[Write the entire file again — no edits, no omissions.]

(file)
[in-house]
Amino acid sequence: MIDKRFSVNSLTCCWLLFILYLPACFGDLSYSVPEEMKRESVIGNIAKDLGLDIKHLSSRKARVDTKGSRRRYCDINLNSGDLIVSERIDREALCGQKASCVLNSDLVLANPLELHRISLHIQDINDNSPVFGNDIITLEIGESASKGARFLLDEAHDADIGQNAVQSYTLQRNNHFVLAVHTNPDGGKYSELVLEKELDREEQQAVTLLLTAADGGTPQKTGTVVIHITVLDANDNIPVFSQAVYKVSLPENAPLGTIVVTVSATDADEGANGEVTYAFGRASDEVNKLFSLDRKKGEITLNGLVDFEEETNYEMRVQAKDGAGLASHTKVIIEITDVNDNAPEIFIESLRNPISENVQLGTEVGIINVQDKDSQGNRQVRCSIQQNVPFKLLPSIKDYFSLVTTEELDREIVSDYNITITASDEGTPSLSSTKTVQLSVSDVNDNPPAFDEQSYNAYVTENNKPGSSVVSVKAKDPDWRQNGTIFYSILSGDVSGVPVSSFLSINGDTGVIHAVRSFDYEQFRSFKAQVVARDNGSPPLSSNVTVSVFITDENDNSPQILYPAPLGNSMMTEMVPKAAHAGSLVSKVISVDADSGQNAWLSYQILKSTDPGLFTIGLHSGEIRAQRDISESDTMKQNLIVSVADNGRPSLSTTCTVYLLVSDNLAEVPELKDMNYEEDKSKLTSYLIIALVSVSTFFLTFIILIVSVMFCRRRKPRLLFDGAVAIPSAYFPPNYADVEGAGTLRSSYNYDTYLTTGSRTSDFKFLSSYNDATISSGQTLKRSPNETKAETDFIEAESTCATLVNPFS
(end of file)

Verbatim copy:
[in-house]
Amino acid sequence: MIDKRFSVNSLTCCWLLFILYLPACFGDLSYSVPEEMKRESVIGNIAKDLGLDIKHLSSRKARVDTKGSRRRYCDINLNSGDLIVSERIDREALCGQKASCVLNSDLVLANPLELHRISLHIQDINDNSPVFGNDIITLEIGESASKGARFLLDEAHDADIGQNAVQSYTLQRNNHFVLAVHTNPDGGKYSELVLEKELDREEQQAVTLLLTAADGGTPQKTGTVVIHITVLDANDNIPVFSQAVYKVSLPENAPLGTIVVTVSATDADEGANGEVTYAFGRASDEVNKLFSLDRKKGEITLNGLVDFEEETNYEMRVQAKDGAGLASHTKVIIEITDVNDNAPEIFIESLRNPISENVQLGTEVGIINVQDKDSQGNRQVRCSIQQNVPFKLLPSIKDYFSLVTTEELDREIVSDYNITITASDEGTPSLSSTKTVQLSVSDVNDNPPAFDEQSYNAYVTENNKPGSSVVSVKAKDPDWRQNGTIFYSILSGDVSGVPVSSFLSINGDTGVIHAVRSFDYEQFRSFKAQVVARDNGSPPLSSNVTVSVFITDENDNSPQILYPAPLGNSMMTEMVPKAAHAGSLVSKVISVDADSGQNAWLSYQILKSTDPGLFTIGLHSGEIRAQRDISESDTMKQNLIVSVADNGRPSLSTTCTVYLLVSDNLAEVPELKDMNYEEDKSKLTSYLIIALVSVSTFFLTFIILIVSVMFCRRRKPRLLFDGAVAIPSAYFPPNYADVEGAGTLRSSYNYDTYLTTGSRTSDFKFLSSYNDATISSGQTLKRSPNETKAETDFIEAESTCATLVNPFS